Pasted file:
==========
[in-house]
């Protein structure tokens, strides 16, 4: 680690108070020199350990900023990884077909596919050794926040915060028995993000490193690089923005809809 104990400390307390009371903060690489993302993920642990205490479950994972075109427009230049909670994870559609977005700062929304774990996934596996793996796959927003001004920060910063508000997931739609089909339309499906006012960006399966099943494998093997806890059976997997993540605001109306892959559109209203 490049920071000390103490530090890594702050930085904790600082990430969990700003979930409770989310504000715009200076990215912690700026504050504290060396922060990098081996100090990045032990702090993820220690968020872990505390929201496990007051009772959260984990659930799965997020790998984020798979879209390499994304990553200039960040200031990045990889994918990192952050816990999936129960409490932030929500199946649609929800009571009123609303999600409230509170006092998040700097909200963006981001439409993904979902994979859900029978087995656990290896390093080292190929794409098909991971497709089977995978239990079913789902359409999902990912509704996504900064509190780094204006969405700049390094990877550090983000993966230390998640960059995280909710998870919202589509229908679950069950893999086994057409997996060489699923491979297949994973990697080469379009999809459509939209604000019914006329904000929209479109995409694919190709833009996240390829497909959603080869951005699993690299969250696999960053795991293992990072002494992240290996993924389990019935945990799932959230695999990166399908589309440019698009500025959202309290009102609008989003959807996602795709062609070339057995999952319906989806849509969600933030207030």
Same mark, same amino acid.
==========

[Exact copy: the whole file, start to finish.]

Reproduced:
[in-house]
């Protein structure tokens, strides 16, 4: 680690108070020199350990900023990884077909596919050794926040915060028995993000490193690089923005809809 104990400390307390009371903060690489993302993920642990205490479950994972075109427009230049909670994870559609977005700062929304774990996934596996793996796959927003001004920060910063508000997931739609089909339309499906006012960006399966099943494998093997806890059976997997993540605001109306892959559109209203 490049920071000390103490530090890594702050930085904790600082990430969990700003979930409770989310504000715009200076990215912690700026504050504290060396922060990098081996100090990045032990702090993820220690968020872990505390929201496990007051009772959260984990659930799965997020790998984020798979879209390499994304990553200039960040200031990045990889994918990192952050816990999936129960409490932030929500199946649609929800009571009123609303999600409230509170006092998040700097909200963006981001439409993904979902994979859900029978087995656990290896390093080292190929794409098909991971497709089977995978239990079913789902359409999902990912509704996504900064509190780094204006969405700049390094990877550090983000993966230390998640960059995280909710998870919202589509229908679950069950893999086994057409997996060489699923491979297949994973990697080469379009999809459509939209604000019914006329904000929209479109995409694919190709833009996240390829497909959603080869951005699993690299969250696999960053795991293992990072002494992240290996993924389990019935945990799932959230695999990166399908589309440019698009500025959202309290009102609008989003959807996602795709062609070339057995999952319906989806849509969600933030207030």
Same mark, same amino acid.